Features July 2011 Issue

When Is Back Surgery a Good Idea?

In most cases, you won’t need it—but sometimes surgery can help relieve your pain.

Your back is hurting. You’ve tried ice, heat, massage, anti-inflammatory medications—even a short stint of physical therapy. Is it time to consider surgery?

That depends, says R. Douglas Orr, MD, a staff physician in the Center for Spine Health and the Department of Orthopaedic Surgery

at Cleveland Clinic.

"Realistically, if your only symptom is back pain, you probably shouldn’t be thinking about surgery until you’ve had pain for at least a year. And you should be doing the whole array of nonsurgical treatments during that time," Dr. Orr says.

Sticking with physical therapy is particularly important. "Most people go to physical therapy a few times, and when the pain doesn’t go away, they say it’s not working—so they stop. The problem is that physical therapy should be a commitment to an active exercise program for a minimum of three months, in spite of any discomfort it causes," Dr. Orr explains.

Most back pain is muscular, "and like any other muscle that’s out of shape and hurts, as you’re trying to get back into shape, it actually hurts more," says Dr. Orr. "People don’t have a problem with that when they start a walking program and their quads [thigh muscles] hurt. But for some reason, they don’t accept that the back muscles also can feel painful when you start to strengthen them."

 

When Surgery Might Make a Difference

Generally, low-back issues can cause back pain or leg pain, and "surgery is much more effective when you experience leg symptoms rather than back symptoms," Dr. Orr says. "That’s because back pain is just a symptom, not a diagnosis—and there are many causes of back pain, some of which respond to surgery and many which don’t." Leg pain, in contrast, generally is due to nerve compression, which may respond to spinal decompression surgery.

Surgery could also help mobile spondylolisthesis, where one of the spine’s vertebrae is out of alignment, has slid forward, and is moving abnormally. "That’s a leading indication for surgery in most practices," Dr. Orr says.

Another reason to consider surgery is a deformity such as kyphosis (excessive outward curvature of the spine) or degenerative scoliosis (abnormal lateral curvature of the spine). Surgery is also performed to treat infection, but infection is very rare. Of the nearly 300 or so spine operations Dr. Orr performs every year, perhaps only three would be due to infection.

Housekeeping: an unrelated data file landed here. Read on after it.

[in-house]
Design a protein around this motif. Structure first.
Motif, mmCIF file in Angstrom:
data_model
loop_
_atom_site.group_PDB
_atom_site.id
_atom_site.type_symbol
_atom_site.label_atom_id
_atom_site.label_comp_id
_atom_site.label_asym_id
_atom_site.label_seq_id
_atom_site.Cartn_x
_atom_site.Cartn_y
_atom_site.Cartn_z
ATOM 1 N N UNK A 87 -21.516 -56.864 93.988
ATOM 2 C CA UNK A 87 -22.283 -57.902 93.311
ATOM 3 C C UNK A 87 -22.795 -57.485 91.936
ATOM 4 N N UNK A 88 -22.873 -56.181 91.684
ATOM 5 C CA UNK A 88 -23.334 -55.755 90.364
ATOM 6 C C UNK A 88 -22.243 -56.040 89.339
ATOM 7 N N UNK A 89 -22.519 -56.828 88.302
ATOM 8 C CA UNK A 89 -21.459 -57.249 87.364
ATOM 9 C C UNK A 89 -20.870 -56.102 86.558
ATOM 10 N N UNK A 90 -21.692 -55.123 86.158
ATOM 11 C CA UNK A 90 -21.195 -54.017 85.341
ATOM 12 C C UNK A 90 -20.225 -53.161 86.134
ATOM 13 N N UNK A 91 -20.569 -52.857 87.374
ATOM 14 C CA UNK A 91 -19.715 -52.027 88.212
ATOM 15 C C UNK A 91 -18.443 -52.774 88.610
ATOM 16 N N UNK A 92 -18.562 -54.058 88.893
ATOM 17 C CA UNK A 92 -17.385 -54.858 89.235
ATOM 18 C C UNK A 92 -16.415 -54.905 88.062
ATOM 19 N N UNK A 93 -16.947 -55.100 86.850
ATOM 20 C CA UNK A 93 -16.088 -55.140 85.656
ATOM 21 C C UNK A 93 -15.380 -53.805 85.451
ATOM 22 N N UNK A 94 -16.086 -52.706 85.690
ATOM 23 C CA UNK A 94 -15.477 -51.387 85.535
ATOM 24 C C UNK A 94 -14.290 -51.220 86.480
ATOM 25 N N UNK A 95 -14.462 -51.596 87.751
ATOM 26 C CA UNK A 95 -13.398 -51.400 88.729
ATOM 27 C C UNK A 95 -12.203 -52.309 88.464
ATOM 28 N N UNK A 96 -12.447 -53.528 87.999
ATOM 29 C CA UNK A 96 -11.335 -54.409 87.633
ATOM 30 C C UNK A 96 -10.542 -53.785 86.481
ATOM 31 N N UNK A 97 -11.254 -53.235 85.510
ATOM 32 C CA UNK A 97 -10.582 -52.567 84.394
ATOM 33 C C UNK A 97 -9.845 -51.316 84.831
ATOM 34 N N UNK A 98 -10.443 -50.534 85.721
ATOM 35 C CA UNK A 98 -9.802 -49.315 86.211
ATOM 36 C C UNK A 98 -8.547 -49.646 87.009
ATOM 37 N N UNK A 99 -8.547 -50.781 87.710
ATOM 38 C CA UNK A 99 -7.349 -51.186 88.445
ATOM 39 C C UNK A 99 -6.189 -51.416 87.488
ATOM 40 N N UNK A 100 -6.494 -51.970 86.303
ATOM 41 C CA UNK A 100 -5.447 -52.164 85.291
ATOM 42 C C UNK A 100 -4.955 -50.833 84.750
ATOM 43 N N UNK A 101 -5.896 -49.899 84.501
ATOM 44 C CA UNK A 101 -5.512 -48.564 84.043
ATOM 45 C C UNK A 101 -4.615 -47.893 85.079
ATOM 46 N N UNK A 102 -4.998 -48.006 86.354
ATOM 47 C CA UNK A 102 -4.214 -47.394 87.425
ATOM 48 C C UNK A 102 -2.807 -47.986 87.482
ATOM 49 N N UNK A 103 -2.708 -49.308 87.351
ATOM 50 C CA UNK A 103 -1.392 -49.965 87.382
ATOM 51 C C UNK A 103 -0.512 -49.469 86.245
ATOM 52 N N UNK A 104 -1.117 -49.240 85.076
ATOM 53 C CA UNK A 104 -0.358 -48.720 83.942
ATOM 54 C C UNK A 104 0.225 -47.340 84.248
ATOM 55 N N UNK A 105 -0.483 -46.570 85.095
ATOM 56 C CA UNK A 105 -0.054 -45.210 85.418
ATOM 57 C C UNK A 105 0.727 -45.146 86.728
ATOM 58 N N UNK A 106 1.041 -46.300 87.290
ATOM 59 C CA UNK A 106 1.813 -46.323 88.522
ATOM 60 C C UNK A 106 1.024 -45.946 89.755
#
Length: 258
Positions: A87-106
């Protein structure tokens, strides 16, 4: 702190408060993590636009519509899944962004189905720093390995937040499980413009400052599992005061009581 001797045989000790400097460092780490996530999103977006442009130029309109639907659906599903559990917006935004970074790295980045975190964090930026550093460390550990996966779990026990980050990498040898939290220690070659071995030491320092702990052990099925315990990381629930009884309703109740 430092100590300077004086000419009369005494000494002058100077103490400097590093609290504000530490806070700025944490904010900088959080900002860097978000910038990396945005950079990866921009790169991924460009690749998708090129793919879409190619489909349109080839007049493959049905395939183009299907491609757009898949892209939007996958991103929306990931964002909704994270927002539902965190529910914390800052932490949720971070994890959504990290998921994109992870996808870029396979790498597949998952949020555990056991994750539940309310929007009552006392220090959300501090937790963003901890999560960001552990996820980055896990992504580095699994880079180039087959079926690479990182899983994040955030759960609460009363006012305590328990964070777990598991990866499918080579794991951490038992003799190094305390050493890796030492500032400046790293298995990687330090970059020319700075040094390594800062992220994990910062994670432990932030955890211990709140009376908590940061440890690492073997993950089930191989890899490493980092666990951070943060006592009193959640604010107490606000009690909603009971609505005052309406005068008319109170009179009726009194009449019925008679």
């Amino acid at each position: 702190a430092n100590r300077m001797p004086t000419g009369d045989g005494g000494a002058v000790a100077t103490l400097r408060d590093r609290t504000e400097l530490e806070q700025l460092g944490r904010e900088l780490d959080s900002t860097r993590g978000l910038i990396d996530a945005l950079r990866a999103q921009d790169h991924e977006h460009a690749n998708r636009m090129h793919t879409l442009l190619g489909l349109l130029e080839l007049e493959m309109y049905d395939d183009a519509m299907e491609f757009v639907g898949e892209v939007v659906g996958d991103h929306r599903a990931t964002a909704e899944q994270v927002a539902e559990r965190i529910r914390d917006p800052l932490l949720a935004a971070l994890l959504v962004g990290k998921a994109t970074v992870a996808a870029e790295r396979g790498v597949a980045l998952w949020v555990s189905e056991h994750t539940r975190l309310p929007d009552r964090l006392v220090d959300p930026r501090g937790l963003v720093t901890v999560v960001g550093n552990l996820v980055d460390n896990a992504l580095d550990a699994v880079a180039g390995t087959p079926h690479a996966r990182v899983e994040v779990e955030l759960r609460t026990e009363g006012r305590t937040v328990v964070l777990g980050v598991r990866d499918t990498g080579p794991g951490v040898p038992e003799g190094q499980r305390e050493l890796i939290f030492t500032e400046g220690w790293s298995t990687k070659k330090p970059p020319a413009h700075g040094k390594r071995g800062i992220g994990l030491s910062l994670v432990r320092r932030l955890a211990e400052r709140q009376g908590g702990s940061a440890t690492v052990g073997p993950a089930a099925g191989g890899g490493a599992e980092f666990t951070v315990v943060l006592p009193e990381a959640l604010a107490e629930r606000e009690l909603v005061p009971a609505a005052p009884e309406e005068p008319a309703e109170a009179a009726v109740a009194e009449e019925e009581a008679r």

When Surgery Doesn’t Work

Back surgery for the right indication—such as those described on page 1—usually is successful. But "back surgery for the wrong indications fails miserably," Dr. Orr says. "What has given spine surgery a bad name is people having fusions for back pain when there is no instability. They get an MRI because of the pain; it shows an abnormal disk and so they get a fusion. That’s a terrible indication because you don’t know that the disk is the source of the pain. Disk degeneration is a normal phenomenon of aging; everybody eventually suffers from it. Even if you’ve never had a day of pain in your life, your odds of experiencing low-back pain are equal to your age—20 percent for 20-year-olds, 50 percent for 50-year-olds, and so forth. By the time you turn 80, it’s 100 percent—everybody has disk degeneration. So surgery to treat degeneration is likely to fail."

 

Red Flags

Certain "red flags" indicate that an individual with back pain might be at higher risk of having something significantly wrong and out of the ordinary, Dr. Orr notes. These are: first onset of back pain under age 20 or over age 55, a history of cancer, constitutional symptoms (unintended weight loss, fever, chills, night sweats), or history of significant trauma.

"In the absence of those flags, there’s no indication to do an X-ray, MRI or any other diagnostic test for at least six weeks," Dr. Orr emphasizes. "At the six-week mark, if the person isn’t getting better with conservative treatment, consider an X-ray to try to get a more precise diagnosis." Because an X-ray is done in the standing position and most MRIs are done lying down, the two tests provide very different views of the spine, he adds. Generally, an X-ray should be taken first.

If there’s no evidence of an infection, tumor, or other rare cause of pain, stick with conservative treatment, Dr. Orr advises. "Most people with back pain will never need surgery and, because of possible complications, many people with chronic back pain will, in fact, be made worse with surgery unless they have an instability, deformity, or rare condition."